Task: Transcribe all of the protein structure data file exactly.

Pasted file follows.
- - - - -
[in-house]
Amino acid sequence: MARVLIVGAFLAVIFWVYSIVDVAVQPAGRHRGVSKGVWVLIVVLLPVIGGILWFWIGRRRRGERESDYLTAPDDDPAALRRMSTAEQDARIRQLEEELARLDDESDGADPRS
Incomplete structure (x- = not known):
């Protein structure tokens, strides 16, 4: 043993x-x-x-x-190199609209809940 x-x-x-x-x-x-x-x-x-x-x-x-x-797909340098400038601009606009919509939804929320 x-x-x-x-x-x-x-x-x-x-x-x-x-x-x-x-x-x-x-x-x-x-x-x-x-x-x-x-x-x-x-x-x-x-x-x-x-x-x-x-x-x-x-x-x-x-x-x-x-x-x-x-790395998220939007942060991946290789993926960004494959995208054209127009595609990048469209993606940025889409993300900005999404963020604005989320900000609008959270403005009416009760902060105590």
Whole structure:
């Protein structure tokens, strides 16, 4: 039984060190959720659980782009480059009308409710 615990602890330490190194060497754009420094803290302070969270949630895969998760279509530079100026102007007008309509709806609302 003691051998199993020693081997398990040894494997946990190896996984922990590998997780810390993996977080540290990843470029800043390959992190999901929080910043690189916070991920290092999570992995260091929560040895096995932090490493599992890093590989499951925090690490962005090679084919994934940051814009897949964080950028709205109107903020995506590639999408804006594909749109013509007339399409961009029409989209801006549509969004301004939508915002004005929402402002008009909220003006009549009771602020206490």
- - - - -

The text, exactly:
[in-house]
Amino acid sequence: MARVLIVGAFLAVIFWVYSIVDVAVQPAGRHRGVSKGVWVLIVVLLPVIGGILWFWIGRRRRGERESDYLTAPDDDPAALRRMSTAEQDARIRQLEEELARLDDESDGADPRS
Incomplete structure (x- = not known):
């Protein structure tokens, strides 16, 4: 043993x-x-x-x-190199609209809940 x-x-x-x-x-x-x-x-x-x-x-x-x-797909340098400038601009606009919509939804929320 x-x-x-x-x-x-x-x-x-x-x-x-x-x-x-x-x-x-x-x-x-x-x-x-x-x-x-x-x-x-x-x-x-x-x-x-x-x-x-x-x-x-x-x-x-x-x-x-x-x-x-x-790395998220939007942060991946290789993926960004494959995208054209127009595609990048469209993606940025889409993300900005999404963020604005989320900000609008959270403005009416009760902060105590």
Whole structure:
């Protein structure tokens, strides 16, 4: 039984060190959720659980782009480059009308409710 615990602890330490190194060497754009420094803290302070969270949630895969998760279509530079100026102007007008309509709806609302 003691051998199993020693081997398990040894494997946990190896996984922990590998997780810390993996977080540290990843470029800043390959992190999901929080910043690189916070991920290092999570992995260091929560040895096995932090490493599992890093590989499951925090690490962005090679084919994934940051814009897949964080950028709205109107903020995506590639999408804006594909749109013509007339399409961009029409989209801006549509969004301004939508915002004005929402402002008009909220003006009549009771602020206490």